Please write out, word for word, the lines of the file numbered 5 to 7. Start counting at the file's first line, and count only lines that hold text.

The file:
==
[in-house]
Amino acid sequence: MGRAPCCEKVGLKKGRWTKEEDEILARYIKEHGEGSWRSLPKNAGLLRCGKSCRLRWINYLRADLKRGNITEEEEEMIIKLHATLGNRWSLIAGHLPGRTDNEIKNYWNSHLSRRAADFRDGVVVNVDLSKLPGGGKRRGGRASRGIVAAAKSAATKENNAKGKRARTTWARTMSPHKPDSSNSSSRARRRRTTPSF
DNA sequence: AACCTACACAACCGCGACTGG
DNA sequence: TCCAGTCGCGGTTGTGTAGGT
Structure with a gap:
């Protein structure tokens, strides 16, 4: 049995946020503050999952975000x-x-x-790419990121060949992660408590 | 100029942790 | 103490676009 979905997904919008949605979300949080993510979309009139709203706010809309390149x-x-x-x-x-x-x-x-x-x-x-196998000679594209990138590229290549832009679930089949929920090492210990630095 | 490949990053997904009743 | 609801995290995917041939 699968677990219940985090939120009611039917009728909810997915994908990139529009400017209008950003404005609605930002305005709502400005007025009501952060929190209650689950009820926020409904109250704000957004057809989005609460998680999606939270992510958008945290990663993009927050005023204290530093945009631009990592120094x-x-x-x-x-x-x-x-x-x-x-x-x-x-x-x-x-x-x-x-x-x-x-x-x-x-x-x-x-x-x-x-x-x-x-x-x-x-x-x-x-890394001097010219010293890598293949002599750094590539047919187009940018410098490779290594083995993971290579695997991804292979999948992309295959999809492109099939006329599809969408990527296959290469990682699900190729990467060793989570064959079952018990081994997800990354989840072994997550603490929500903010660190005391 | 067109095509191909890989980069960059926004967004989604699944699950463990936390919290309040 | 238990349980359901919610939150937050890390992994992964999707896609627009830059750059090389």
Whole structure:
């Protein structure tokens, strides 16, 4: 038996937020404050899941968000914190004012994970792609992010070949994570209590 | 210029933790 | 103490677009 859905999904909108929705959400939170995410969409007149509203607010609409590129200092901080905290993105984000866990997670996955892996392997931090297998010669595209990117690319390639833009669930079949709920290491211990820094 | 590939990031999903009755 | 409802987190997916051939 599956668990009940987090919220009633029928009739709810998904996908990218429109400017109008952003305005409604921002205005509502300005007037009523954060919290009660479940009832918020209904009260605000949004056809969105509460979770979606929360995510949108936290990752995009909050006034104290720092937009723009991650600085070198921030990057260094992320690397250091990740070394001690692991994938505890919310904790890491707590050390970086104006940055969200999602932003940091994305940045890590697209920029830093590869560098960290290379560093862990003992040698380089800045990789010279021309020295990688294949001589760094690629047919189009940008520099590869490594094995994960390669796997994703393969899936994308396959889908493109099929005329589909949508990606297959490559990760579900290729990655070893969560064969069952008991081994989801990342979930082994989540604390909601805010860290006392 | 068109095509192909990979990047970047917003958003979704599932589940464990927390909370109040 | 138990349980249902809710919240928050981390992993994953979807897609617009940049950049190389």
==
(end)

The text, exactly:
Structure with a gap:
């Protein structure tokens, strides 16, 4: 049995946020503050999952975000x-x-x-790419990121060949992660408590 | 100029942790 | 103490676009 979905997904919008949605979300949080993510979309009139709203706010809309390149x-x-x-x-x-x-x-x-x-x-x-196998000679594209990138590229290549832009679930089949929920090492210990630095 | 490949990053997904009743 | 609801995290995917041939 699968677990219940985090939120009611039917009728909810997915994908990139529009400017209008950003404005609605930002305005709502400005007025009501952060929190209650689950009820926020409904109250704000957004057809989005609460998680999606939270992510958008945290990663993009927050005023204290530093945009631009990592120094x-x-x-x-x-x-x-x-x-x-x-x-x-x-x-x-x-x-x-x-x-x-x-x-x-x-x-x-x-x-x-x-x-x-x-x-x-x-x-x-x-890394001097010219010293890598293949002599750094590539047919187009940018410098490779290594083995993971290579695997991804292979999948992309295959999809492109099939006329599809969408990527296959290469990682699900190729990467060793989570064959079952018990081994997800990354989840072994997550603490929500903010660190005391 | 067109095509191909890989980069960059926004967004989604699944699950463990936390919290309040 | 238990349980359901919610939150937050890390992994992964999707896609627009830059750059090389």
Whole structure: